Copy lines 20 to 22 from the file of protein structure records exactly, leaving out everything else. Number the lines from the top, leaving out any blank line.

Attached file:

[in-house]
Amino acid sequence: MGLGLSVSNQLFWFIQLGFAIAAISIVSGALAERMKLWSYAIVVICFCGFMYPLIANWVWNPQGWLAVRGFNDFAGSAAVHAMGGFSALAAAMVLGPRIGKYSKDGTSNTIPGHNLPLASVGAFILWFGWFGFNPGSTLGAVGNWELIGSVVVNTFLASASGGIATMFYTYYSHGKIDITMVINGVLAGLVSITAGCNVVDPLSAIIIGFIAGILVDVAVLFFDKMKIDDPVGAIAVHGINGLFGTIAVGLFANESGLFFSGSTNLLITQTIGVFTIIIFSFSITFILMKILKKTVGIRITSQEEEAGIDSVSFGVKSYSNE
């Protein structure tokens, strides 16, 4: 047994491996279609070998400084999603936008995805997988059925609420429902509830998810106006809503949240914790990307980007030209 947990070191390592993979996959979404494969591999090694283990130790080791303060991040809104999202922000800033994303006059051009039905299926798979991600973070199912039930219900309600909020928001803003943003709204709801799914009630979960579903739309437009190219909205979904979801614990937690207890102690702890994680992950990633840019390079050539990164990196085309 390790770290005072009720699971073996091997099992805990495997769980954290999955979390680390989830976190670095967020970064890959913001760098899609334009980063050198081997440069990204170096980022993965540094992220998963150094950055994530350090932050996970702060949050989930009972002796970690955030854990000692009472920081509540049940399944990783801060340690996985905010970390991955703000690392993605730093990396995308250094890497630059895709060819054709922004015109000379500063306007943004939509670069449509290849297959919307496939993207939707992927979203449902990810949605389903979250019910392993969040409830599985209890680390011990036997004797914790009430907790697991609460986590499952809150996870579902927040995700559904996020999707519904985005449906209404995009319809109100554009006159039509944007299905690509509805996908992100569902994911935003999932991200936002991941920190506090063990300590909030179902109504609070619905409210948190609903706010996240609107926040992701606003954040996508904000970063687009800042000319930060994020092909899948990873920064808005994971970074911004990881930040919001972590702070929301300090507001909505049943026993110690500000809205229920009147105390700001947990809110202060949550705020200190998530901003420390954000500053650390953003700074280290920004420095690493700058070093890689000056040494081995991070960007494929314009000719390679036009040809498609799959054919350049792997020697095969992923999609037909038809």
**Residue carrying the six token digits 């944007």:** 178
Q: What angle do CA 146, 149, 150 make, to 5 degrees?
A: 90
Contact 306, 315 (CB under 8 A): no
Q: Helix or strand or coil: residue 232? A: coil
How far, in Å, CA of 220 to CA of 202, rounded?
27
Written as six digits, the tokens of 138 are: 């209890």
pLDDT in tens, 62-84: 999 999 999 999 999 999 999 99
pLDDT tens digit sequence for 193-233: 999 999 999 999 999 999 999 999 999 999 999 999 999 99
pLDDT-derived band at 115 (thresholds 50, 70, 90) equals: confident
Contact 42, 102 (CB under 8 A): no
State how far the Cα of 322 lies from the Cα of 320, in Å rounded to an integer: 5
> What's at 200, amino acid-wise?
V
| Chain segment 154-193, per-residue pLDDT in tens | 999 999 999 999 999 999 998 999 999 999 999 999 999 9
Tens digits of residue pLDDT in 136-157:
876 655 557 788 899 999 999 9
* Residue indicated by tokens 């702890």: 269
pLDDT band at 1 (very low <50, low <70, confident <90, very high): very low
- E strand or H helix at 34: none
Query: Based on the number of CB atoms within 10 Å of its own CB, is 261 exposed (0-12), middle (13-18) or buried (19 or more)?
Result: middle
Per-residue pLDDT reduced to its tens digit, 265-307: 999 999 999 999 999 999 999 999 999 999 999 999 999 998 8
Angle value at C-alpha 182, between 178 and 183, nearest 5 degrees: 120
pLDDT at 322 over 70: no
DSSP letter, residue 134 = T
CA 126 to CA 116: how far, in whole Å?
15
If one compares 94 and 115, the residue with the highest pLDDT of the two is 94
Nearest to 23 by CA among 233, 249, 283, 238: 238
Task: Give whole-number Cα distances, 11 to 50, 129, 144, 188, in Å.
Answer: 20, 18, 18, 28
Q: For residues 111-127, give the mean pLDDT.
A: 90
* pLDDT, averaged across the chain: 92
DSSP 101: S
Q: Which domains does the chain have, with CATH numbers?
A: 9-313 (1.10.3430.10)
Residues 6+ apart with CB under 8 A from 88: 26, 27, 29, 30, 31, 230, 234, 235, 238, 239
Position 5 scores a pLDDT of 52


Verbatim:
Tens digits of residue pLDDT in 136-157:
876 655 557 788 899 999 999 9
* Residue indicated by tokens 């702890």: 269